I have the honor of an invitation to the dinner and am as excited about Steve Vilnit's talk as I am about being a part of  snakehead eradication. There has been some debate in the scientific community as to how and why we, as human beings, get to designate plant and animal species as invasive. In an article published in the Boston Globe in July, The Invasive Species War, Leon Neyfakh highlighted various movements and opinions both popular and scientific. After reading the article, Brian Knox, President of Sustainable Resource Management, Inc and co-snakehead-diner this coming Tuesday, pointed out the importance of distinguishing between non-native species and invasives.

"We have loads of non-native plants everywhere," Knox explained. "Any plant can become a problem if it spreads aggressively and pushes out diverse native vegetation replacing it with a monoculture desert. It is important to remember that ecosystems are dynamic and will change naturally over time (succession) but many invasives (mile-a-minute, kudzu, autumn olive, bittersweet, etc) spread at a speed only matched by developers on bulldozers."

Luckily, there isn't much debate about the environmental dangers of snakeheads however Chef Chad Wells doesn't intend to stop his crusade at the river bank. He is currently experimenting with invasive plants like Kudzu for an upcoming event with Baltimore's Food = Art.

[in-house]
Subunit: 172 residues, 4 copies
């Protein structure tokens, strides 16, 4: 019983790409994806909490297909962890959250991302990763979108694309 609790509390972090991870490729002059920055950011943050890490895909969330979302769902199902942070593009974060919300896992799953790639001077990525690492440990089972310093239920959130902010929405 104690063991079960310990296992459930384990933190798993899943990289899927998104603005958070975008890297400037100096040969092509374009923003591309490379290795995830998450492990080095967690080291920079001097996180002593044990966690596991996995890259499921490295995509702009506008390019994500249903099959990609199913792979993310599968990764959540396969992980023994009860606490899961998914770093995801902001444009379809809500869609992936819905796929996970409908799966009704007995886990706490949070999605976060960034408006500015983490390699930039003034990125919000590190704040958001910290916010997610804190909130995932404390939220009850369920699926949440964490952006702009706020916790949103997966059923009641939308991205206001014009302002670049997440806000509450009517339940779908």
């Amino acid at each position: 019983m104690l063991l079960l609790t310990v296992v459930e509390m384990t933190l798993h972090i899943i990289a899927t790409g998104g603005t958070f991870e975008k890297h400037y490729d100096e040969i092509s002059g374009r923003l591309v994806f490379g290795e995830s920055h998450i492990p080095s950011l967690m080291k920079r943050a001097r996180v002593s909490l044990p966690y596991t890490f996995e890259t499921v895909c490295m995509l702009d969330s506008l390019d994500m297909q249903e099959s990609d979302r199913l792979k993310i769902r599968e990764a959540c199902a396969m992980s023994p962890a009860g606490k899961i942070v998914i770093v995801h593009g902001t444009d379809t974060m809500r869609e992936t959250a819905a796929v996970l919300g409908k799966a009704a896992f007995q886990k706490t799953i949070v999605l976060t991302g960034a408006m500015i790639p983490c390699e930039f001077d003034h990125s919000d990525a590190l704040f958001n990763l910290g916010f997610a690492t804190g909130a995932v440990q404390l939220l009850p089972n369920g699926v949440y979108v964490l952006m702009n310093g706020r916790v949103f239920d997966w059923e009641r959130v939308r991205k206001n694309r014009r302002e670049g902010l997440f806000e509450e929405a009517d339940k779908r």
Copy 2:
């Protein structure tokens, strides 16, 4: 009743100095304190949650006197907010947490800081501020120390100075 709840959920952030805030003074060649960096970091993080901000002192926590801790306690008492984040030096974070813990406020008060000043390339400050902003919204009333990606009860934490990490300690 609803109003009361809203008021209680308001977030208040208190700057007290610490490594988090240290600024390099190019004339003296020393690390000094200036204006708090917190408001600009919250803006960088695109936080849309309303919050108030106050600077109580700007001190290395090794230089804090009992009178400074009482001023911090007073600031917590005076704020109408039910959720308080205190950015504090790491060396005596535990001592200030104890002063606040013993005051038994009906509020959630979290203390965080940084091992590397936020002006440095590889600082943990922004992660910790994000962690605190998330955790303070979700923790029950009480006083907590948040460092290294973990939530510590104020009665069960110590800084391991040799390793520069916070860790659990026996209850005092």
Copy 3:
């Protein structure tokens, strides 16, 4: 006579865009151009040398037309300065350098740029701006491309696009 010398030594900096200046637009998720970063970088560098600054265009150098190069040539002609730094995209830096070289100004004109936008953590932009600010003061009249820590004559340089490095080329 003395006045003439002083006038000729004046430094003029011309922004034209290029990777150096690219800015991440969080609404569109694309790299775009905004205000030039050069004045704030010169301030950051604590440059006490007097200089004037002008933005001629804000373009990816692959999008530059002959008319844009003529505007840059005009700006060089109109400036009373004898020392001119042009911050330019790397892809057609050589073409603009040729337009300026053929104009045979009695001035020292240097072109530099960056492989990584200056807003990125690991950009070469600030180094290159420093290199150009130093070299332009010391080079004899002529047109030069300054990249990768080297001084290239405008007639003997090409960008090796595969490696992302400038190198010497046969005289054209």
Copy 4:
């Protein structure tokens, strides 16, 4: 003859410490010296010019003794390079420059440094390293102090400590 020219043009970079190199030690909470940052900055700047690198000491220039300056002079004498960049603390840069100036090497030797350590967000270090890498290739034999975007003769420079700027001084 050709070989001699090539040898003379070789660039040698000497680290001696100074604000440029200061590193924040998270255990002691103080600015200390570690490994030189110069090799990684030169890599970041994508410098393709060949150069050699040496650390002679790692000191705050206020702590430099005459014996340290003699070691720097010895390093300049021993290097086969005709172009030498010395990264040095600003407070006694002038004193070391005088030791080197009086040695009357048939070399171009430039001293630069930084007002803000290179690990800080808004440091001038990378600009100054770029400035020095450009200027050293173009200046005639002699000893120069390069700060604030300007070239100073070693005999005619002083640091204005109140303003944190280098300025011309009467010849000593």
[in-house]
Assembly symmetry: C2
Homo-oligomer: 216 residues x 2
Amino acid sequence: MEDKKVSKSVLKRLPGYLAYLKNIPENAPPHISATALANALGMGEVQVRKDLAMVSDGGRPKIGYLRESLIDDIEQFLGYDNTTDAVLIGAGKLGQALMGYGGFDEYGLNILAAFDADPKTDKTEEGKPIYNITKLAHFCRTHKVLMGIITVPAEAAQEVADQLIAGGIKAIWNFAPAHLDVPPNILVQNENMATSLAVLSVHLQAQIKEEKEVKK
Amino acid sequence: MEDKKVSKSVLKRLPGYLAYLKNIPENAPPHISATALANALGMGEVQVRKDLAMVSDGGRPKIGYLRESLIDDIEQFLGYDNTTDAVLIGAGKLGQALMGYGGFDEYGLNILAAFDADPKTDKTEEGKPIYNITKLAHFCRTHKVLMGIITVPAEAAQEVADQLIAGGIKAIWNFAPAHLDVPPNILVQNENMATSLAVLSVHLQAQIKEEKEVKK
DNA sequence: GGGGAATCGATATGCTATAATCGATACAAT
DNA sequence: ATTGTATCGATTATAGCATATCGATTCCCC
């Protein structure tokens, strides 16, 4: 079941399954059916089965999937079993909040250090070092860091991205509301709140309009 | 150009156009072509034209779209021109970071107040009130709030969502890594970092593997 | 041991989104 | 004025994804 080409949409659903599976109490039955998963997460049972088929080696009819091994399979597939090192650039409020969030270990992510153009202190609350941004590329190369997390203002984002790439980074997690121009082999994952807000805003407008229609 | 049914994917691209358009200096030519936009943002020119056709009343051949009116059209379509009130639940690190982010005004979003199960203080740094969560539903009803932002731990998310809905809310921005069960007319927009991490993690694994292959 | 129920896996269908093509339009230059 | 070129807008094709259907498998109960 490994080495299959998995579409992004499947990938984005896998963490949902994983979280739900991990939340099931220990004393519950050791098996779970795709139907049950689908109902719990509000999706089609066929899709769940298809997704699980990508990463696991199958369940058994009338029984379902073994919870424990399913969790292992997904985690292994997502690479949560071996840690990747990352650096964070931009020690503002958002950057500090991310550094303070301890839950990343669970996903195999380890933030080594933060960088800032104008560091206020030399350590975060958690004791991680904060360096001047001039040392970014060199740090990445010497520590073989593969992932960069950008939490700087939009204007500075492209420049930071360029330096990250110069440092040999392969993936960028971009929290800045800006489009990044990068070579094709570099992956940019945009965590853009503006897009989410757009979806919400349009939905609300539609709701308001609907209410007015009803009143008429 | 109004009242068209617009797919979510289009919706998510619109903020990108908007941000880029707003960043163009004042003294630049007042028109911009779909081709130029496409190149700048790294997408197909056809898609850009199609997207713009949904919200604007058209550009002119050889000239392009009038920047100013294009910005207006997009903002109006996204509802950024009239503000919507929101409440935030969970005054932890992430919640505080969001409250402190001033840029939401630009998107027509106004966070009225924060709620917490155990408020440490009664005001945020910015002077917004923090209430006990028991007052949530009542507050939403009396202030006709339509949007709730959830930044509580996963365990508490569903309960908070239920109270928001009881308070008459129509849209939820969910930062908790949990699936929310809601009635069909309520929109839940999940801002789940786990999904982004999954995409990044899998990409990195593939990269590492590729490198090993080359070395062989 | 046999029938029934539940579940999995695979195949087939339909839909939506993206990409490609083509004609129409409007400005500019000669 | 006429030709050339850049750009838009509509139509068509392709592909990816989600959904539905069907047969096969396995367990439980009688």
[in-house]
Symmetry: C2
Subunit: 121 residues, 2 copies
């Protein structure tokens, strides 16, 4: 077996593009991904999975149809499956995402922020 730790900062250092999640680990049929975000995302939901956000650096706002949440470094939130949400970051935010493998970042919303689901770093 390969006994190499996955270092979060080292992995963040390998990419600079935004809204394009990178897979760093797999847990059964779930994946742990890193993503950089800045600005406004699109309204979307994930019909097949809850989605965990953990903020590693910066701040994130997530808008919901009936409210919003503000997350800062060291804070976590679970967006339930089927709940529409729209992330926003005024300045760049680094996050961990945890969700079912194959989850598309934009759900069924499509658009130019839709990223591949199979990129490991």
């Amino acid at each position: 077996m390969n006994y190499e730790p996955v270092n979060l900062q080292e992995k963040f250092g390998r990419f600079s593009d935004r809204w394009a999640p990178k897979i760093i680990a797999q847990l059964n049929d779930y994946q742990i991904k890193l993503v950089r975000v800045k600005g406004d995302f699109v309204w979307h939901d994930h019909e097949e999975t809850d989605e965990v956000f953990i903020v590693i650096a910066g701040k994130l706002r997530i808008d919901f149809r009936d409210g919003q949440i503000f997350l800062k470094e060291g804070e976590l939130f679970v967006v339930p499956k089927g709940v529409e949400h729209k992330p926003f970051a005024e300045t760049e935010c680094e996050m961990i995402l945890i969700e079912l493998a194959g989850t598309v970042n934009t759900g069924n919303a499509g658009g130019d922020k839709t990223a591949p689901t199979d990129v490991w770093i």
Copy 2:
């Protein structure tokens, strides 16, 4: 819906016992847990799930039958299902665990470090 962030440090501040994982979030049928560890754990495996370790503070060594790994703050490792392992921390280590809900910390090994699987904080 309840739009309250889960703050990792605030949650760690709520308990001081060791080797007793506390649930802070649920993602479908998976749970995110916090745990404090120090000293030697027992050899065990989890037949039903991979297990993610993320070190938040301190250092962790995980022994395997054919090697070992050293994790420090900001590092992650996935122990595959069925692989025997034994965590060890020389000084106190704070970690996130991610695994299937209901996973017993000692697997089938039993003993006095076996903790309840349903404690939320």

Proof of a growing interest in invasive eating graces the pages of the September-October issue of Mental Floss magazine in The Joy of Cooking Invasive Speicies: Recipes for American Cannonball Jellyfish, Nutria, Kudzu, Lionfish and Canada Geese. Snakehead fish, and an accompanying recipe for it, is noticeably absent from the Mental Floss feature but Wells' new recipe is due to publish in an upcoming issue of Maryland Natural Resource Magazine and will most certainly be raved about on this blog after Tuesday's tasting.

For more information about invasive species in Maryland, check out the DNR's Invasive Speices Resource Center. For further reading on our relationships with and interest (or lack-thereof) in eating animals, I recommend Hal Herzog's Some We Love, Some We Hate, Some We Eat and Jonathan Safran Foer's Eating Animals.

Friday, August 19, 2011

Public Health Garden at University of Maryland, College Park

If you haven't stopped by the garden site or blogspot of the new University of Maryland Community and Teaching Garden lately, we've got lots of new fruits, vegetables, flowers, friends and projects in bloom for you to check out and enjoy. In a few short months we have produced an average of ten pounds of produce weekly, overseen the installation of permeable pavers, hosted hundreds of eager TerpQuest campers, learned quite a bit about pest management, gratefully welcomed tons of donations and most recently begun the construction of beautiful raised beds.